– By Victoria Nelson –
How many vehicles do you think fleets buy each year? Is your guess 20% of all new vehicles sold? Would you be surprised to learn that business, government and rental buyers made up 52% of total new car purchases in 2017? That’s 584,895 vehicles and this figure doesn’t include the 36,849 heavy commercial vehicles that were purchased.
The VFACTS data is broken down into four buyer categories (Private, Business, Government and Rental) so its easy to track which segment is growing and the split between private or fleet buyers. Now some of the Business buyers may be small businesses or novated leasing. So its not what they call in Europe ‘Pure Fleet’. But it costs more to nominate a vehicle for business registration and no one would do this unless there was some commercial activity being undertaken.
Private and Government buyers were down (2.5% and 4.7%) while Business was up slightly (2.6%). The big change was sales to the rental market which increased by 10,963 vehicles or 18.2%.
Rental buyers lead the way by purchasing a similar amount of passenger cars but loaded up on SUVs and light commercial vehicles. There’s no surprise that they have switched to SUVs because rental companies were traditionally used by local manufacturers to offload excess production in the large and medium car segments. Some of this was still happening early in 2017 though when you pick up a rental from any airport in 2018 you’ll notice a significant change to the fleet composition.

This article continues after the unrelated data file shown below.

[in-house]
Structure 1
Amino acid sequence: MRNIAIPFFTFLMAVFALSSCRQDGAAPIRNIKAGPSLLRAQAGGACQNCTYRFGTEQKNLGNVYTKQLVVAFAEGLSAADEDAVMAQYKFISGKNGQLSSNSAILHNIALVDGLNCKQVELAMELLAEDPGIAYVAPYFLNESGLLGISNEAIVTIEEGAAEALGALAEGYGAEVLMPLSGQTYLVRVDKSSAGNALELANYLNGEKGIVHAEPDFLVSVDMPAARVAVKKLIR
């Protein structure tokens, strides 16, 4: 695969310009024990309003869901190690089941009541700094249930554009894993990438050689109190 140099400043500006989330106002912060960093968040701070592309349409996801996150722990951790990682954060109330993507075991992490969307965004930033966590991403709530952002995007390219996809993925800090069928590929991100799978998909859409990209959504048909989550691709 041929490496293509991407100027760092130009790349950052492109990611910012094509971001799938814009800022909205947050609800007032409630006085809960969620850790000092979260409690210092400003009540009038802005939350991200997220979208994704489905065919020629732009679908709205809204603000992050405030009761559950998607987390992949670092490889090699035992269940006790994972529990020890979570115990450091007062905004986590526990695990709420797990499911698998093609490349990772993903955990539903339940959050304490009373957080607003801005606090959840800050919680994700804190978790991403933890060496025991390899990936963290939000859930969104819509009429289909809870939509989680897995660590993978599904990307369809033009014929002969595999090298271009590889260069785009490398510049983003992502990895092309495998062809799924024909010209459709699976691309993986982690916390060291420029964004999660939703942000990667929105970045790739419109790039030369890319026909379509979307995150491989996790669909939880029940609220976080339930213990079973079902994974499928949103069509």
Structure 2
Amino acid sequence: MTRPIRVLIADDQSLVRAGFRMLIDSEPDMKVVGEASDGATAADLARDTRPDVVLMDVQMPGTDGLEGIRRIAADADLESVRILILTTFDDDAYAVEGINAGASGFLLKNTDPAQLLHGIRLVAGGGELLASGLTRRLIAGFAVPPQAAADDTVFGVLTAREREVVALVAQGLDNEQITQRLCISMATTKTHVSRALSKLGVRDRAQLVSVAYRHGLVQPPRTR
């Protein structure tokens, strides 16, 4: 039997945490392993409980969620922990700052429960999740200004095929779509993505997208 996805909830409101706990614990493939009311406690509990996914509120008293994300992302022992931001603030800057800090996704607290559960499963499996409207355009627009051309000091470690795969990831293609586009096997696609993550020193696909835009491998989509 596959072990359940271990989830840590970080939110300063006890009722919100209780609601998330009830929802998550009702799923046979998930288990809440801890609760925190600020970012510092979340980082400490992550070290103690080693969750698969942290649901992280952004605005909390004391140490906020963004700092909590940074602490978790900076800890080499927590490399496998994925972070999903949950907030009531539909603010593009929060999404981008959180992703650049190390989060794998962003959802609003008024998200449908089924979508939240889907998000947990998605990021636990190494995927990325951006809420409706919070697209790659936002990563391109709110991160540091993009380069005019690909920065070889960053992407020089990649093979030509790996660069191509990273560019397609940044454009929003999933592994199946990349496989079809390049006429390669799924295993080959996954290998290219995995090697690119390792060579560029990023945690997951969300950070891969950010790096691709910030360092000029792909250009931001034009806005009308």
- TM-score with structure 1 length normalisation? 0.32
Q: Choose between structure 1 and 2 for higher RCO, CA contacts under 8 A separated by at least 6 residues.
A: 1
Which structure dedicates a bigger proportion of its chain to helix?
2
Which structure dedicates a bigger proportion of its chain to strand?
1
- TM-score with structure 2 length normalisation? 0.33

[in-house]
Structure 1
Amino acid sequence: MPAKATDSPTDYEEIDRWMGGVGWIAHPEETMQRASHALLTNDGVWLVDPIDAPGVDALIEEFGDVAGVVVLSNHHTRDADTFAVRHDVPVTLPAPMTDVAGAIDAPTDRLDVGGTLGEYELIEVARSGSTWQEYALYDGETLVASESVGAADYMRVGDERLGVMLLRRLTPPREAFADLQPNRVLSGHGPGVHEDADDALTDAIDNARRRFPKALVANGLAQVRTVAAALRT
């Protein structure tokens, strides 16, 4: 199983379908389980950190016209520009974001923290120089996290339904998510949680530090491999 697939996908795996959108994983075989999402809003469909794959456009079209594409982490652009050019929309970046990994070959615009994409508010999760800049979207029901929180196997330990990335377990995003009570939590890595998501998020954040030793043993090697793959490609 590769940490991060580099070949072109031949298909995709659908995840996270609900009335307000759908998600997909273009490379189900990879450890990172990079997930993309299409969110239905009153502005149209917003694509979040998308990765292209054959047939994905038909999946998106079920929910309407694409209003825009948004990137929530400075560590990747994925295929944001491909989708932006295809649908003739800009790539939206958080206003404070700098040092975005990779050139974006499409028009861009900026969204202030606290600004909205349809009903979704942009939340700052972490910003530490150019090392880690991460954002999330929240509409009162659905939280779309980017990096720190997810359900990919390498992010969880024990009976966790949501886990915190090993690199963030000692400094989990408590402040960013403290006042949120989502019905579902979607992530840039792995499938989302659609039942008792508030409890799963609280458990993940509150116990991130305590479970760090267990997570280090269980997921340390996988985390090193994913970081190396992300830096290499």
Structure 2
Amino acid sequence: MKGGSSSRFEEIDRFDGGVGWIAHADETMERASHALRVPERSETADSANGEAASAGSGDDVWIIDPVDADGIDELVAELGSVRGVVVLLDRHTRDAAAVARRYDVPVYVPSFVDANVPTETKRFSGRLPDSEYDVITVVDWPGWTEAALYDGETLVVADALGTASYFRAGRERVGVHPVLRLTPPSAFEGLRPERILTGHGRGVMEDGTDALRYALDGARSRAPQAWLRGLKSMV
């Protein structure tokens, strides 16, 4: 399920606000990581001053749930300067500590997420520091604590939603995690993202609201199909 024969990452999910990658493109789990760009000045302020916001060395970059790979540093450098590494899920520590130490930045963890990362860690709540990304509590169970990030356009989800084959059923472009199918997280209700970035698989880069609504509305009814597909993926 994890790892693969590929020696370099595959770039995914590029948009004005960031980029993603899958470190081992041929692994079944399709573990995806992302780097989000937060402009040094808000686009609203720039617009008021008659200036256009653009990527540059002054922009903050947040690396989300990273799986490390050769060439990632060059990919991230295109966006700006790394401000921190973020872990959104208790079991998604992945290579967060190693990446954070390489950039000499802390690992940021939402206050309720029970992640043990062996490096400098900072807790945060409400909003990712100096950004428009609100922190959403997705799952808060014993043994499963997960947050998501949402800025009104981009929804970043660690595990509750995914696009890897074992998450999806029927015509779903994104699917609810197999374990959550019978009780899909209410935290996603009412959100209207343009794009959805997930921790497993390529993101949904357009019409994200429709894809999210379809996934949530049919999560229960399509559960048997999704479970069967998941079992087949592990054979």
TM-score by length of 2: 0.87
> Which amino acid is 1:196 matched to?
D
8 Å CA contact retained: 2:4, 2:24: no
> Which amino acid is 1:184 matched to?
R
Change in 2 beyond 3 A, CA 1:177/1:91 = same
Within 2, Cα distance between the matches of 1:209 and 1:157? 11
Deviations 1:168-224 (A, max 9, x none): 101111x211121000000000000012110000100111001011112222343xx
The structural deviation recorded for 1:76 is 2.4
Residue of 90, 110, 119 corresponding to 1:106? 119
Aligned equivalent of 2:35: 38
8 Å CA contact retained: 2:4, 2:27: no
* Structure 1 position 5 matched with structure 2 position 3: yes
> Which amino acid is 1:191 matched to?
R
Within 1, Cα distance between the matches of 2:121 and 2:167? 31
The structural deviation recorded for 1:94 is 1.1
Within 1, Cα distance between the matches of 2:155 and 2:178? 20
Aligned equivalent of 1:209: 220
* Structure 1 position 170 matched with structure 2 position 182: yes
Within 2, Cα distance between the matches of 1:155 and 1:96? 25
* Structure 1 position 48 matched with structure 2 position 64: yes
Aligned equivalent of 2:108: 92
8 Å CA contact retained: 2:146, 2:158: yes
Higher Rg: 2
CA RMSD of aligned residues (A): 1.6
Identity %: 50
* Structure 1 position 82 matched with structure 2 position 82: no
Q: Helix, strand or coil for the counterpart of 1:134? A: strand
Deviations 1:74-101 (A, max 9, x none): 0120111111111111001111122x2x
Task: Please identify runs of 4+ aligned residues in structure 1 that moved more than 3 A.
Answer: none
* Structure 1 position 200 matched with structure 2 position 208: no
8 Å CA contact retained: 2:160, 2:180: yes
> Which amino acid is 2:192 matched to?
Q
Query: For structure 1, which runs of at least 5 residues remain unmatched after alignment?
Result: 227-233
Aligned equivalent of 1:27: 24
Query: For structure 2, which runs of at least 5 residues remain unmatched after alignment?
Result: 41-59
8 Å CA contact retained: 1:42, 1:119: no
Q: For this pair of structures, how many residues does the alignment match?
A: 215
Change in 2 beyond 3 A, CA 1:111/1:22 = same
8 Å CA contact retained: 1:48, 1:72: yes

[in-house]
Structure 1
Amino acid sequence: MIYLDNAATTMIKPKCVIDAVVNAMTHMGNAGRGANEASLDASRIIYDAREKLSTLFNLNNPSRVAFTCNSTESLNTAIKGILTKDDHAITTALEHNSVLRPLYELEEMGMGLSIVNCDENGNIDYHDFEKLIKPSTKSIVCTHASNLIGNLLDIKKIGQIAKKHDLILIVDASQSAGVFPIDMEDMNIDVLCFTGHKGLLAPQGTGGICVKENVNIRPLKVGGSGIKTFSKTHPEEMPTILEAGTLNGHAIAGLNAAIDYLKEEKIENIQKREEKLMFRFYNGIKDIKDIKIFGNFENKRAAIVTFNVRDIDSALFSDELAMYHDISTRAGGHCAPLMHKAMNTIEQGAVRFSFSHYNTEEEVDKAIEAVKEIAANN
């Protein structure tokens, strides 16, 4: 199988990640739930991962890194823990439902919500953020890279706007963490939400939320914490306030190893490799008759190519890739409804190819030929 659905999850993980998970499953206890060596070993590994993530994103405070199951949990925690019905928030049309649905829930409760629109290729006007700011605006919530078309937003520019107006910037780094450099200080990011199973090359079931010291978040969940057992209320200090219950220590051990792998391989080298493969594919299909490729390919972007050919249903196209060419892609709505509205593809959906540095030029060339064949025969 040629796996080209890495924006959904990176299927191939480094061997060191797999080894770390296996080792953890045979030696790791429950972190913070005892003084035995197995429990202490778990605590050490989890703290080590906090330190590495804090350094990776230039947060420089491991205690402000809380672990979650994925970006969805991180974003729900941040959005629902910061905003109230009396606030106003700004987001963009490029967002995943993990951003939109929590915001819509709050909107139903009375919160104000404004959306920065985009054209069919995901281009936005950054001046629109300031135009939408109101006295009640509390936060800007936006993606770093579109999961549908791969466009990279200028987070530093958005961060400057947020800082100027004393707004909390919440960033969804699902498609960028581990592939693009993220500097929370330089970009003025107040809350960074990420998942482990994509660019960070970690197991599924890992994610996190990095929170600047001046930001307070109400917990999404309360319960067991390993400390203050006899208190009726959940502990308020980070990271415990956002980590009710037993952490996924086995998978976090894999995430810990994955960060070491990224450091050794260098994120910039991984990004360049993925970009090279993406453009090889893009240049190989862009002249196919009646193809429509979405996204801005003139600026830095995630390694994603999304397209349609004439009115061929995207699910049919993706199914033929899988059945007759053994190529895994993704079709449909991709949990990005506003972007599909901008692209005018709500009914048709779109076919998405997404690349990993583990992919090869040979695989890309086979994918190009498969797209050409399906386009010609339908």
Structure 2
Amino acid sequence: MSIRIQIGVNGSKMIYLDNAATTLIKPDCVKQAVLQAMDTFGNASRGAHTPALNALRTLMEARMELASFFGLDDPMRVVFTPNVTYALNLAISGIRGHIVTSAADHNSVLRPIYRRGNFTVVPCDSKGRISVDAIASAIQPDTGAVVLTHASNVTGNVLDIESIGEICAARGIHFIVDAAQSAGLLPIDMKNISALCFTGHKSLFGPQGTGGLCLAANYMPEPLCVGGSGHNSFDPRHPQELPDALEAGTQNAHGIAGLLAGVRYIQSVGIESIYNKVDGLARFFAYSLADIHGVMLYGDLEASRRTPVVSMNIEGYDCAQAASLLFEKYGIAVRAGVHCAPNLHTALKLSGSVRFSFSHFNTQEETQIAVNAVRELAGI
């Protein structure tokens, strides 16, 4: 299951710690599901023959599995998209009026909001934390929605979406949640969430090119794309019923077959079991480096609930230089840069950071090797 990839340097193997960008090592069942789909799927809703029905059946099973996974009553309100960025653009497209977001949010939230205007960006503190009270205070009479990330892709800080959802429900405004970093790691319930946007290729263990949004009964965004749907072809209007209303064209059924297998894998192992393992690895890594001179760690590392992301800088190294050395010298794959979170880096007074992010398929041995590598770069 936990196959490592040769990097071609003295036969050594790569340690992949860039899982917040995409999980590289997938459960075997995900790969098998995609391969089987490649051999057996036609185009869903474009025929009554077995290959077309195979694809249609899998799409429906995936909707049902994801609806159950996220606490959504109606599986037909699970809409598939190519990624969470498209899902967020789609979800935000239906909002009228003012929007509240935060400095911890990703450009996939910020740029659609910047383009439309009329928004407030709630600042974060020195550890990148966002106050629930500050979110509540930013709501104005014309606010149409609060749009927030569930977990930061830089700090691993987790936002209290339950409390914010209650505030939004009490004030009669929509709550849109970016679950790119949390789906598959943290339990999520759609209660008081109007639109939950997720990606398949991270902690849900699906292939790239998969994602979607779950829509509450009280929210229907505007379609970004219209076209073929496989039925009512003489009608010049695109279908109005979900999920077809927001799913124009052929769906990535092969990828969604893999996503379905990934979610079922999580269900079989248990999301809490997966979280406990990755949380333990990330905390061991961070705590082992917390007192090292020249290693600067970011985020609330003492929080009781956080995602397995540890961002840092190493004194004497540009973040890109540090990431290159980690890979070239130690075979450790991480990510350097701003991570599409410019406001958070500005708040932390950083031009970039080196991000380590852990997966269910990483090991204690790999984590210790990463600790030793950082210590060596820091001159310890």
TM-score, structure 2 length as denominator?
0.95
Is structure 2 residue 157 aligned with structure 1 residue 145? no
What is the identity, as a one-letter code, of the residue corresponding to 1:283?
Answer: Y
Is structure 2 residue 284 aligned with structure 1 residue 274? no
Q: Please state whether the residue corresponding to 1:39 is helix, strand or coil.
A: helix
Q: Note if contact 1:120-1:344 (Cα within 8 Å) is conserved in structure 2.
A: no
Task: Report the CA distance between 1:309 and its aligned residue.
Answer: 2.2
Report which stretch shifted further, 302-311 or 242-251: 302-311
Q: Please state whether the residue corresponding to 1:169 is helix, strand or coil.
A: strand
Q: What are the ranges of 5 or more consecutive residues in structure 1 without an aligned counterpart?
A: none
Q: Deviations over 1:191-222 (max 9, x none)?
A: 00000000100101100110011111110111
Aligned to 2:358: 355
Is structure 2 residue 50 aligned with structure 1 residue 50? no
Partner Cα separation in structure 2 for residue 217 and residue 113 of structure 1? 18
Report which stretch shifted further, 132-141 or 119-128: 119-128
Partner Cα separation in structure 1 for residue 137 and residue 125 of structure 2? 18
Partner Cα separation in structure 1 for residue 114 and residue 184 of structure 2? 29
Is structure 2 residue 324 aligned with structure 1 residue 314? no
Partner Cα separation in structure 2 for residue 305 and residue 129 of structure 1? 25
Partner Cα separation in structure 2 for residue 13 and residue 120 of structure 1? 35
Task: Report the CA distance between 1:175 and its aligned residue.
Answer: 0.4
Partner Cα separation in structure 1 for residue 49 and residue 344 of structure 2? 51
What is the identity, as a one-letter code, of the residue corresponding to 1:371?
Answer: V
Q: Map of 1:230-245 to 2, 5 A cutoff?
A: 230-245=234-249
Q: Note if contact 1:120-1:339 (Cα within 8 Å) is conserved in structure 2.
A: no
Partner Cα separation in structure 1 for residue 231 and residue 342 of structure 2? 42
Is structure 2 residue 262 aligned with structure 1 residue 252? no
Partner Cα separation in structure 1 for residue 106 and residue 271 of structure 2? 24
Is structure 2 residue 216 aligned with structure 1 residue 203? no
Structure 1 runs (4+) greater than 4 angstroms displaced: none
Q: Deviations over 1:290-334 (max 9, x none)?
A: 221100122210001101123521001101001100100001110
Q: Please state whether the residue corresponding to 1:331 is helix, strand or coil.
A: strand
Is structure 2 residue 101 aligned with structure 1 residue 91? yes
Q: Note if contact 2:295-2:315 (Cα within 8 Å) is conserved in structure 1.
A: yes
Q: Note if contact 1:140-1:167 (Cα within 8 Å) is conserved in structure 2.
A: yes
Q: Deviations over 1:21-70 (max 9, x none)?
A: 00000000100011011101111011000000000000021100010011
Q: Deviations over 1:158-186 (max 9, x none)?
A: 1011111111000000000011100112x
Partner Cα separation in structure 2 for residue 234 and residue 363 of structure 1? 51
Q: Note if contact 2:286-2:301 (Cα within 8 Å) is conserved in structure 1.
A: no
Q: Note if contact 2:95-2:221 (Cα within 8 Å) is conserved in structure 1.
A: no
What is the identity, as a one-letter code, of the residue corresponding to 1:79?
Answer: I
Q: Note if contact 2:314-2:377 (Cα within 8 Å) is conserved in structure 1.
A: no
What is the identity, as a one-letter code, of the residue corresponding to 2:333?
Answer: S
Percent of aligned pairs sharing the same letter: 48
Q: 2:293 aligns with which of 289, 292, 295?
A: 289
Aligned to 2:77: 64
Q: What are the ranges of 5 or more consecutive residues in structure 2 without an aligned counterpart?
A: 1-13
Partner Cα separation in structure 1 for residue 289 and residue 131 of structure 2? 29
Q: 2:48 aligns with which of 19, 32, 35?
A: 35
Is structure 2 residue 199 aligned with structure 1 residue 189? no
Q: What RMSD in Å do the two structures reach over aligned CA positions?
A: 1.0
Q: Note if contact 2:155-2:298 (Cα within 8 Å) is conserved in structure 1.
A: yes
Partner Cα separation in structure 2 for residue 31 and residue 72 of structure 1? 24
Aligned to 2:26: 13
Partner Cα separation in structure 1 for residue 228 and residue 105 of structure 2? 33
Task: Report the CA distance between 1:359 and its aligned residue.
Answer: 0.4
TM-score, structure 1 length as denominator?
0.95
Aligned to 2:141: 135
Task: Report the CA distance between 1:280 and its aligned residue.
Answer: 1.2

But old habits take a while to break and rental numbers were up 44.9% in December compared to last year. If I had to guess looking at the manufacturer increases in the same month, it looks like Holden and Mitsubishi may have been offloading some older stock to start the new year fresh.
Business buyers have signalled to the market they are no longer interested in passenger vehicles. The drop was 8.4% compared to 2016 while SUVs were up 8.9%. Of course when fleet managers analyse Whole of Life Costs or a Fit For Purpose Matrix, small or medium cars will still have a place in most business operations. But the private used buyer now wants an SUV. So the strong resale, improvements in ride comfort and safety will continue to drive demand.
Light commercials were up by 8.6% and all buyer categories were after these vehicles following the trend for everyone to pretend they live in the country by driving a dual cab 4X4 ute. It makes sense for business (up 9.9%) and rental (up a massive 44.5%) – but why do private buyers want a light commercial vehicle? I don’t get it. Approximately 20% all new vehicles were light commercials so I hope they are still trending in three to four years when they’re offloaded by fleets.